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Lance Armstrong's blood values from the Tour de France looks suspicious and indicate

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Mar 18, 2009
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tockit said:
Also, you guys have tossed it around a lot, but me being the skeptic that I am (assuming that Armstrong is doped) wonders how does Lance continues to beat the doping controls with their biological rider profiles, hair, urine, and blood samples, etc, etc, going into his 8th season while drug testing all the while has progressively gotten more advanced?

Let me argue this by using a counter-argument ... how many high level cyclists have been caught using a doping test? Most of them are stupid (homologous blood transfusions for Hamilton and Vino, perhaps Landis with testosterone) or didn't realize that the manufacturer had worked with doping agencies in the case of CERA (which nabbed the likes of Kohl, Schumacher, Ricco, Pipeoli and Rebellin). For the latter group, these riders did not test positive using standard tests for EPO, and nor were their blood profiles sufficiently abnormal on the biological passport. Most high level cyclists are actually caught through doping affairs, such as Operacion Puerto (including Basso, Ullrich and Valverde) or through means not directly related to doping tests like Rasmussen. Ullrich's reported drug program, which involved blood transfusions, EPO, HGH, and testosterone amongst others, was never detected. Then there is the tests themselves: EPO was first introduced in 2001, HGH is not detectable after 2-3 hours, and exogenous testosterone was only recently introduced.

Digger wrote this post in another thread about sprinter Dwain Chambers: http://forum.cyclingnews.com/showthread.php?p=48717&highlight=balco#post48717

Obviously a good doctor also helps in avoiding positives as well.
 
Jul 22, 2009
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elapid said:
Let me argue this by using a counter-argument ... how many high level cyclists have been caught using a doping test? Most of them are stupid (homologous blood transfusions for Hamilton and Vino, perhaps Landis with testosterone) or didn't realize that the manufacturer had worked with doping agencies in the case of CERA (which nabbed the likes of Kohl, Schumacher, Ricco, Pipeoli and Rebellin). For the latter group, these riders did not test positive using standard tests for EPO, and nor were their blood profiles sufficiently abnormal on the biological passport. Most high level cyclists are actually caught through doping affairs, such as Operacion Puerto (including Basso, Ullrich and Valverde) or through means not directly related to doping tests like Rasmussen. Ullrich's reported drug program, which involved blood transfusions, EPO, HGH, and testosterone amongst others, was never detected. Then there is the tests themselves: EPO was first introduced in 2001, HGH is not detectable after 2-3 hours, and exogenous testosterone was only recently introduced.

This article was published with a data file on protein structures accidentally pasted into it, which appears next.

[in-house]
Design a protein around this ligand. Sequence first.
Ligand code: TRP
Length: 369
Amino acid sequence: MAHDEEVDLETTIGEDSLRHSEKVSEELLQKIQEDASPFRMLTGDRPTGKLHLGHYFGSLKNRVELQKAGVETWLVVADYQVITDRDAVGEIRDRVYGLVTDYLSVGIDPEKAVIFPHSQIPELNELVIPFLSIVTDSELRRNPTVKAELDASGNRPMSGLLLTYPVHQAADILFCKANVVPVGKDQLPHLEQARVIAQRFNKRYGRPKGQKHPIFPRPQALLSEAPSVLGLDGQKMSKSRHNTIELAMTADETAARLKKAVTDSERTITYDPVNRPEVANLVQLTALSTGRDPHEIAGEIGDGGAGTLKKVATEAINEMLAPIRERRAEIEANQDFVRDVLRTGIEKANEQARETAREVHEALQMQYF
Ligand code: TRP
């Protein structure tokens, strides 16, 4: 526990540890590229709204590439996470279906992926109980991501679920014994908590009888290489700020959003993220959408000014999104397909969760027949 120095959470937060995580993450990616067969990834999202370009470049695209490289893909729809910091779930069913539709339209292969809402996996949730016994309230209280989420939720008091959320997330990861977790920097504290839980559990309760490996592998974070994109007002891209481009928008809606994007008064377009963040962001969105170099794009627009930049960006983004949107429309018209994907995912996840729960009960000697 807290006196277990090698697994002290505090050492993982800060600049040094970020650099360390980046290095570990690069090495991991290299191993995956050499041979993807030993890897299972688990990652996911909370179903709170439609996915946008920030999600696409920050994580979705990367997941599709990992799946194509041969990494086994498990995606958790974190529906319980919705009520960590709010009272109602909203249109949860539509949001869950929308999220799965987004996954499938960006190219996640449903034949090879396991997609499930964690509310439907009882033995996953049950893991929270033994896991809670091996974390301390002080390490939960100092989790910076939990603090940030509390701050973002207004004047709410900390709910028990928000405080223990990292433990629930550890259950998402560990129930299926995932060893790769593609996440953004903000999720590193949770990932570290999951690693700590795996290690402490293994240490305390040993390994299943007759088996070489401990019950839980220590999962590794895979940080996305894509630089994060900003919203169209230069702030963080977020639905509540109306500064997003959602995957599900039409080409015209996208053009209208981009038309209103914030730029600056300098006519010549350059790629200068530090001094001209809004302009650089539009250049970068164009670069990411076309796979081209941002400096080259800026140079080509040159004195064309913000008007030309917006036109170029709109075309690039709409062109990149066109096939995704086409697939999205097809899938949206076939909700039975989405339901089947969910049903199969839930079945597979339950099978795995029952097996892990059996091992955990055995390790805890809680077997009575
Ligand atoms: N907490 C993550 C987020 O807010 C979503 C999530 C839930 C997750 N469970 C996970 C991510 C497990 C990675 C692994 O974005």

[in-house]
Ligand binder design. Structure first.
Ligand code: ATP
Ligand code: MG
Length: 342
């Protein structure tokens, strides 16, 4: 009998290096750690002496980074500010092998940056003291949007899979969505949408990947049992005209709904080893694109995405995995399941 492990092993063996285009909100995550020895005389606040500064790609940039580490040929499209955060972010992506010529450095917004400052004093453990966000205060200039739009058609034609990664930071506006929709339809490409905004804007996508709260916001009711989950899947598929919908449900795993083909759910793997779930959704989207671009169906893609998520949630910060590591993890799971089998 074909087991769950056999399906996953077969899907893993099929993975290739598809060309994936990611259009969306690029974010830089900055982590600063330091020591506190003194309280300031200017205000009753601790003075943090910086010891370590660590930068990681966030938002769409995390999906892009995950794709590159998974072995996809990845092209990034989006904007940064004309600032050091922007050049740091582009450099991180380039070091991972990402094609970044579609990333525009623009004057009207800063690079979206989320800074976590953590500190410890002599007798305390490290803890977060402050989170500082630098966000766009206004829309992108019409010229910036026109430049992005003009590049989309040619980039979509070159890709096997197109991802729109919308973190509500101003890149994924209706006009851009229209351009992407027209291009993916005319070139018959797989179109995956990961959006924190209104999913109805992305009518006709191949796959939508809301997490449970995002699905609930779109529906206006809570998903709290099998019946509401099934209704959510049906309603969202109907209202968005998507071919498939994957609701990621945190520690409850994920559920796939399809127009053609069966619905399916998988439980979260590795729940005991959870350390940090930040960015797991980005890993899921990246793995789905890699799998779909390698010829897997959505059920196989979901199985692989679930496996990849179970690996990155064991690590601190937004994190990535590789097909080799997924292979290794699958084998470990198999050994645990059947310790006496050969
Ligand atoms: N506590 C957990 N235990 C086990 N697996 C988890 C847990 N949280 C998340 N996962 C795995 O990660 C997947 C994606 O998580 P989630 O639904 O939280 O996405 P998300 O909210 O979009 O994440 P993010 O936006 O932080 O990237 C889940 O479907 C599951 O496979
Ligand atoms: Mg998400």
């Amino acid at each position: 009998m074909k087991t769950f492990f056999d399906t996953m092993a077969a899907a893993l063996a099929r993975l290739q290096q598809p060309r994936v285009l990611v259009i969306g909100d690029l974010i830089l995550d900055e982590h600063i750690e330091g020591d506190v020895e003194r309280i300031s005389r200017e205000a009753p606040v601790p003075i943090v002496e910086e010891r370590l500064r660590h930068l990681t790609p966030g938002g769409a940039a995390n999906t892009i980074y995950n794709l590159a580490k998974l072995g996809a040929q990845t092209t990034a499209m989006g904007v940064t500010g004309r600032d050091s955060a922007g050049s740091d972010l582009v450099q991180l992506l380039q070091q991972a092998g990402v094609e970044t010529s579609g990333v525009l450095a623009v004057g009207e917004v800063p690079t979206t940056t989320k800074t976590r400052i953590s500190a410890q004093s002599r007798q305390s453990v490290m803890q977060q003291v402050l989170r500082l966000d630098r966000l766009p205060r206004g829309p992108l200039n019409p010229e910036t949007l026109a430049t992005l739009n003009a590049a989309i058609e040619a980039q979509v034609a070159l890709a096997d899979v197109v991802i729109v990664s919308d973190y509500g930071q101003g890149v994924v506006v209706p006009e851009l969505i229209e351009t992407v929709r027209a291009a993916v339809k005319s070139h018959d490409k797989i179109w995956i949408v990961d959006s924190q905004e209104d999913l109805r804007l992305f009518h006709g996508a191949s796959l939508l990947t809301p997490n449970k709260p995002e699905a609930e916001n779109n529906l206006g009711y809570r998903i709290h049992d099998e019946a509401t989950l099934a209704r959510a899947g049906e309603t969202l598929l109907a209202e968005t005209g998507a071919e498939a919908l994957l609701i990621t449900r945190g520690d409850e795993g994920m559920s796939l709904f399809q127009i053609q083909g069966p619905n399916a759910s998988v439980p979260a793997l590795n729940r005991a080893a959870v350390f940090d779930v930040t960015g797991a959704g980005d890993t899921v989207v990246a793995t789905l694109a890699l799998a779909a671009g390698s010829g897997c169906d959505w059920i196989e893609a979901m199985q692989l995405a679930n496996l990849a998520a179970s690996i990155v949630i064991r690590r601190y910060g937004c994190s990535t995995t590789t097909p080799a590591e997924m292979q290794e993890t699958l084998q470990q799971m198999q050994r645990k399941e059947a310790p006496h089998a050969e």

Digger wrote this post in another thread about sprinter Dwain Chambers: http://forum.cyclingnews.com/showthread.php?p=48717&highlight=balco#post48717

Obviously a good doctor also helps in avoiding positives as well.
Who is Lance's or Astana's doctor?

Two questions:

Wouldn't a variation in a rider's haematological profile occur if they used EPO, etc, regardless of a masking agent for urine tests?

Is EPO, HGH, testosterone, etc not detectable in hair samples?
 
Jul 16, 2009
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Zen Master said:
Excellent interview for The Competitors Radio show !
I found the same one with Betsy Andreu a couple months ago and you have also two-part interview with David Walsh

download links

Betsy Andreu

http://www.competitorradio.com/download.php?filename=142Competitors-BetsyAndreau.mp3

David Walsh

http://www.competitorradio.com/shows/139Competitors-DavidWalsh-Part1.mp3

http://www.competitorradio.com/download.php?filename=139Competitors-DavidWalsh-Part2.mp3



Can I add my thoughts that these links should be made sticky in the Clinic
So much redundant thread is covered by what Betsy says.
So clear in how she explains it – esp from husband Frankies perspective. Some ego driven win at all costs people, but also some really good people just trying to make a living and provide for their family.